Rivers State Governor, Hon. Rotimi Amaechi
Twenty-four hours with the Rivers State Governor, Hon. Rotimi Amaechi, reveals his quintessential nature as he embarks on his daily routine, writes Olawale Olaleye
Governor Rotimi Amaechi of Rivers State is not a stickler for rigid protocol or official schedule, especially where the need for result is expedient. For one who has done nothing but played politics- progressive politics- since he left the university, Amaechi not only understands what governance entails, he also has the rudimentary grasp of the game of politics.
Never afraid to confront challenges, he plays his game, first to the best of his ability and importantly, to the dictates of his conscience. The rest, as he is quick to say, are the worries of non-progressive elements.
It was on a Friday, Ameachi who had not been in town was just returning from Owerri, the Imo State capital, where he had visited the day before for a function- social function it seemed. He had planned to meet with his guest journalists at the border demarcating Rivers State from some neighbouring states, essentially to “show you guys what is called injustice.”
The governor who had spent an average of N105 billion on federal roads lamented what it has been like seeking for reimbursement that may still not come for as long as he is governor of the state. This is believed to have been occasioned by the no love lost between him and the president, Dr. Goodluck Jonathan. But the Governor was however not surprised that a neighbouring state was recently reimbursed of its claims to federal projects even though he (Amaechi) also had the nod to go ahead with the projects.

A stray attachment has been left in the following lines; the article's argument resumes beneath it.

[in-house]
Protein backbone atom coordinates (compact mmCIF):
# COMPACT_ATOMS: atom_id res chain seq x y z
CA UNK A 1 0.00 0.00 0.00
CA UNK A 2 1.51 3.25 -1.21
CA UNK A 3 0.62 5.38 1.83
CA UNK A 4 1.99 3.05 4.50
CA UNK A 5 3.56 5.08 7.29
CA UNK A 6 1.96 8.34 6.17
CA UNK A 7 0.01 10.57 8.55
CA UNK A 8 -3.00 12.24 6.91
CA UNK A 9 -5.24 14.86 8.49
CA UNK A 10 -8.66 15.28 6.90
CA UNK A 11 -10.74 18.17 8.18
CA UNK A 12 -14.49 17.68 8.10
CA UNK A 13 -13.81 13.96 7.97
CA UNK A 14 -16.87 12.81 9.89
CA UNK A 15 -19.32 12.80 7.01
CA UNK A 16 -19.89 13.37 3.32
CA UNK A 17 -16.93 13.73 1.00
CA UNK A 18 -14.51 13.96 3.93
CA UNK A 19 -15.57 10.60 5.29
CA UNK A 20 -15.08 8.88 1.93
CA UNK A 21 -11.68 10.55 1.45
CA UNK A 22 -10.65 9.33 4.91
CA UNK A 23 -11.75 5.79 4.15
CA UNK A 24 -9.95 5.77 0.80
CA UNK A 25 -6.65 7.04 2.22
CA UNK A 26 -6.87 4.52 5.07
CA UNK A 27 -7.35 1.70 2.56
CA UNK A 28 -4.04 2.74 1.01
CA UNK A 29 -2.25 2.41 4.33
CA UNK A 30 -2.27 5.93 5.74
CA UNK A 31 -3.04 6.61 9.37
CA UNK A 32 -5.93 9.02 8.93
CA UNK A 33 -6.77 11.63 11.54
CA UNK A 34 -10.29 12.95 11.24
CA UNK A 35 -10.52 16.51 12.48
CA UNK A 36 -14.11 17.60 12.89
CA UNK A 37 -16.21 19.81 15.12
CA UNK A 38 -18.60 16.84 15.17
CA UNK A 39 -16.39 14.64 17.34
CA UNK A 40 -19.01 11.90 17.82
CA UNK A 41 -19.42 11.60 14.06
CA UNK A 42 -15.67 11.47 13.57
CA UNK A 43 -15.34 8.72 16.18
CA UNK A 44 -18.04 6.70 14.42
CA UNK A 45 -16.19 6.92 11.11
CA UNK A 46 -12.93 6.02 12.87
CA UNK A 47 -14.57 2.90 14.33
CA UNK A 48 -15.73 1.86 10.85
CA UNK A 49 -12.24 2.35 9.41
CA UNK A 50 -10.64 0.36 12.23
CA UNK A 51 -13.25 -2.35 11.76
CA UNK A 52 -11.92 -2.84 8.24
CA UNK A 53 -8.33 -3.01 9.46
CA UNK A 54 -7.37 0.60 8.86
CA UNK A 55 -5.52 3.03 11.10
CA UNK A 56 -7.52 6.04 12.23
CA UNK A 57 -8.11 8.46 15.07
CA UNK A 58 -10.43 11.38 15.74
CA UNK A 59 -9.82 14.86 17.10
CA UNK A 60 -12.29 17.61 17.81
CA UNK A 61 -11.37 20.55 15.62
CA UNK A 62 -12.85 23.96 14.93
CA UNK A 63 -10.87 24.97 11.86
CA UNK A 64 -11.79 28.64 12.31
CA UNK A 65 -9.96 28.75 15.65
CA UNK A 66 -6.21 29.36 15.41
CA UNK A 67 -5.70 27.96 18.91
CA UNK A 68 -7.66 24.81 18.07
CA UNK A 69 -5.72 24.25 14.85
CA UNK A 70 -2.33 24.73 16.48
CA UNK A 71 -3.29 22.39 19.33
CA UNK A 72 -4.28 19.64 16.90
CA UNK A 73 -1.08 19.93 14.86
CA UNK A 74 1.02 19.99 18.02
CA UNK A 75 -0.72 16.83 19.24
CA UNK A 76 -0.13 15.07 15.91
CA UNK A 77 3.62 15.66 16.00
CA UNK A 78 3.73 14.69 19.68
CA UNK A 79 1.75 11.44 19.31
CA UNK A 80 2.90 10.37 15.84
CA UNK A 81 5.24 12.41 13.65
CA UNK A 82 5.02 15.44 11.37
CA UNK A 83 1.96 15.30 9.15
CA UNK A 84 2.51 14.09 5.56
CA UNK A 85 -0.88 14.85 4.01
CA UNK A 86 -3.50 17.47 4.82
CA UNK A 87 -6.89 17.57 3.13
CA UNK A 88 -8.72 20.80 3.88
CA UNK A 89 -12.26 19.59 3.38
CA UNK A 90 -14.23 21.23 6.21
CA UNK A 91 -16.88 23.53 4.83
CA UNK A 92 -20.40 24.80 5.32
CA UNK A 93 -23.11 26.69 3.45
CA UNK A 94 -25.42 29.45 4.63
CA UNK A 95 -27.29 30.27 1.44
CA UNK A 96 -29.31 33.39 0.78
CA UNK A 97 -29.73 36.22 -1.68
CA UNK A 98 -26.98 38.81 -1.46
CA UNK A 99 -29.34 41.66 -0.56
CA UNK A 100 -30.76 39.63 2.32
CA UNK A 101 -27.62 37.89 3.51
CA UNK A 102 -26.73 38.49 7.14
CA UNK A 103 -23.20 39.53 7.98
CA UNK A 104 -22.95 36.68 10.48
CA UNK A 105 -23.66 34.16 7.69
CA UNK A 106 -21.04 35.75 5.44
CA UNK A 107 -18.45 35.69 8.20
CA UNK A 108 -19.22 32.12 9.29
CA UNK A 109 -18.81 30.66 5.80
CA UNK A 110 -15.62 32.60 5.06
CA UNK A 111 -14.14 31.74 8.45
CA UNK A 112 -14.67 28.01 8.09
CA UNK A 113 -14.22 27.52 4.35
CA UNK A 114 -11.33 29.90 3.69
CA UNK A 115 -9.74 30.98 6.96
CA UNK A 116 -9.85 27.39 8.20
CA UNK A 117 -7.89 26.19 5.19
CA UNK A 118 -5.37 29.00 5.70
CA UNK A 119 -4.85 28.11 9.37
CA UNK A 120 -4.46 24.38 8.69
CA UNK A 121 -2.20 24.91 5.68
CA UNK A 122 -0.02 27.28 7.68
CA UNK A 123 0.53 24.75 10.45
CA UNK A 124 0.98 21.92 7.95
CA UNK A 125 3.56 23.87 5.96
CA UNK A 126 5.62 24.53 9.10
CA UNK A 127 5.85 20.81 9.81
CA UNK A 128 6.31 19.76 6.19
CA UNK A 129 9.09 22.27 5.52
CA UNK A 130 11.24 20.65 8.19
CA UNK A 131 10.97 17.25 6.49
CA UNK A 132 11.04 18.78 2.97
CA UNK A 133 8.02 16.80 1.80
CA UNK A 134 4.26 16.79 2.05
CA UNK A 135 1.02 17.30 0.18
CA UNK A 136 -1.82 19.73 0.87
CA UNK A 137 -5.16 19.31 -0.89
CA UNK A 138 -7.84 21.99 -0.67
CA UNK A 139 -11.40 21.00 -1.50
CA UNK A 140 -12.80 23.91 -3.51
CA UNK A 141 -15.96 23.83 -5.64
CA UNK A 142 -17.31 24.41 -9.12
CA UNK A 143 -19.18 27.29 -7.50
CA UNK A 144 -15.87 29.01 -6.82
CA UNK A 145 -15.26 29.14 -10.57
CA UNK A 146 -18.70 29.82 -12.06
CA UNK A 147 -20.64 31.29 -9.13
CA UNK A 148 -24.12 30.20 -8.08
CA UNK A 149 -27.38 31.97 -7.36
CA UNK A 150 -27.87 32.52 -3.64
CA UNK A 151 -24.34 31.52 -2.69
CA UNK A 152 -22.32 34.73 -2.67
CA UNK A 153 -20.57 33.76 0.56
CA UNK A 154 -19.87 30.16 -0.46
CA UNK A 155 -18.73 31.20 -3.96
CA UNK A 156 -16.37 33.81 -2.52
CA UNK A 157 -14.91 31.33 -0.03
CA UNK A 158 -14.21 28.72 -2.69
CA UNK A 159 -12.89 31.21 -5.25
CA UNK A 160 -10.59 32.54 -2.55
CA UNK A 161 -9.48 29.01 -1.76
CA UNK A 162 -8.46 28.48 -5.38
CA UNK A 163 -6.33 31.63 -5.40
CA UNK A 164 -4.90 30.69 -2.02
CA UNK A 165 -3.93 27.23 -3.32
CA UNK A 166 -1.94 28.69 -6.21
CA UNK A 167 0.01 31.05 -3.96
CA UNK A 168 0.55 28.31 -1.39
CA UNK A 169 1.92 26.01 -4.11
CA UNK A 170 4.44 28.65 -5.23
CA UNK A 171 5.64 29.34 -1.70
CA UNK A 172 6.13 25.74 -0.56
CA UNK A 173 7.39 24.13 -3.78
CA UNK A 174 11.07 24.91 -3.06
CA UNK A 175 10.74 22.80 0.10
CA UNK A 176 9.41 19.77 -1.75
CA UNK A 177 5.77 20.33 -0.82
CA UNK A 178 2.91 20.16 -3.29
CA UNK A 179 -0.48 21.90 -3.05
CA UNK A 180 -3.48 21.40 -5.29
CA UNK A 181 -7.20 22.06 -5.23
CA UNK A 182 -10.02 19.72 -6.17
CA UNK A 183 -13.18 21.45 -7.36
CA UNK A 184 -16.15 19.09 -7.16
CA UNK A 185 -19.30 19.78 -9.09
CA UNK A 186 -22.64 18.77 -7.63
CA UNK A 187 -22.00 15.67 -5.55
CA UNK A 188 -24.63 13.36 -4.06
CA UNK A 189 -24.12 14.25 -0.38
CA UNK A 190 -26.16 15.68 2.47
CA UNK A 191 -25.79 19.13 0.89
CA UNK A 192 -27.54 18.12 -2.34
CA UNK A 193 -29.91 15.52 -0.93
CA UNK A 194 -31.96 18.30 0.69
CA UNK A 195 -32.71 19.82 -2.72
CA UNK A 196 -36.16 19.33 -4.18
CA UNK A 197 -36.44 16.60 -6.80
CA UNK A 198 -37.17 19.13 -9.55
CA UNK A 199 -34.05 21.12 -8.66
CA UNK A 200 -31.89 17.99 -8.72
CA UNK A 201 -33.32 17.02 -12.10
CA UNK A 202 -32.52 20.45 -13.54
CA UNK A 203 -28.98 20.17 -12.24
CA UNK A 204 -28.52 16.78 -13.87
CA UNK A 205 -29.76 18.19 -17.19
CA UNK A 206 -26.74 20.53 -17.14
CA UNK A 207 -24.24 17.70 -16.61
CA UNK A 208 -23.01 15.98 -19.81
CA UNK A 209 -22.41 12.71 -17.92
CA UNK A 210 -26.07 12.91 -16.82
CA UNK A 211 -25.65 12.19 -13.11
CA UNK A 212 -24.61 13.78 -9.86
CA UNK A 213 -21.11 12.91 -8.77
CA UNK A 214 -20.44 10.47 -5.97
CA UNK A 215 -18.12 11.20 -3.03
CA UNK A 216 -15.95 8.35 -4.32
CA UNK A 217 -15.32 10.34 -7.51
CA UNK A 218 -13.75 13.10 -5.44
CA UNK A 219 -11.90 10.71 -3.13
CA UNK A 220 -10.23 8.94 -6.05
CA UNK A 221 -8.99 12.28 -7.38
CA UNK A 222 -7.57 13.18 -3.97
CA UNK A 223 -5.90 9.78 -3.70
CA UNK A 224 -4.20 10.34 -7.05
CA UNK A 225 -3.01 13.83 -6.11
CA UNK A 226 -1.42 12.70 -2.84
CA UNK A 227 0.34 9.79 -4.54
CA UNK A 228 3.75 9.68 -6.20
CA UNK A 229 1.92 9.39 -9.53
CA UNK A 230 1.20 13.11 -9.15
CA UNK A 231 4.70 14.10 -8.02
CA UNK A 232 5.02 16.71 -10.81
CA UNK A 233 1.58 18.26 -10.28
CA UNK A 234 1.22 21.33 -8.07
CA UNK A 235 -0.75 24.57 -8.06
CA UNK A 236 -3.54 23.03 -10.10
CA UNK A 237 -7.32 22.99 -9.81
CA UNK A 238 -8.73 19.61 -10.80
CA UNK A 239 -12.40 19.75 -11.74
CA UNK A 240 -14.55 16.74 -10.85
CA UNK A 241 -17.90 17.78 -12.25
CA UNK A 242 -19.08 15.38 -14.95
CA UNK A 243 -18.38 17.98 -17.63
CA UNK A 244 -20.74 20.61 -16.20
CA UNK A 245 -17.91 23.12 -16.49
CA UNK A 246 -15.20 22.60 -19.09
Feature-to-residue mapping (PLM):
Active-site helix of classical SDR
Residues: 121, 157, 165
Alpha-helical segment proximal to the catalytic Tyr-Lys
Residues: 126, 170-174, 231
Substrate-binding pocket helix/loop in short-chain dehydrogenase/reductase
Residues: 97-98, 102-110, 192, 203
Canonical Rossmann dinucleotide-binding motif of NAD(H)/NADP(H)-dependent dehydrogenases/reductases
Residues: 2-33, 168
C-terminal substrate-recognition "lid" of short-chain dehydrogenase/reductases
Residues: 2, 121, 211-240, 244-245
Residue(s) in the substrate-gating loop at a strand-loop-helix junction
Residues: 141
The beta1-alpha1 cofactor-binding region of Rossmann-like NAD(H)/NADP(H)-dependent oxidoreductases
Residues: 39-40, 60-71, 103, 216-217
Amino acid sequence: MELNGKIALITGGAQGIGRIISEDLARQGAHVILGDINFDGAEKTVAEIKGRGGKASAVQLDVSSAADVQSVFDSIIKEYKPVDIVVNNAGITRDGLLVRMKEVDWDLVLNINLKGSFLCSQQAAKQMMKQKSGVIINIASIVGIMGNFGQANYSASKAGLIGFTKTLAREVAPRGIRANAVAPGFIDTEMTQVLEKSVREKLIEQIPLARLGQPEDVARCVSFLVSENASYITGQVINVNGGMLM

But that was a story he later told since he had left the said adjoining border before his guests could catch up with him as he returned to Port Harcourt city that morning. However, there was not much time to waste. His day must begin in earnest and already as it is every day, some other guests on appointment were equally waiting for an audience with the governor. The day, therefore, started at breakfast table where informal discussions about the state of the nation preceded other things. This took a while as such debate usually arouses the interest of all, even non-Nigerians alike.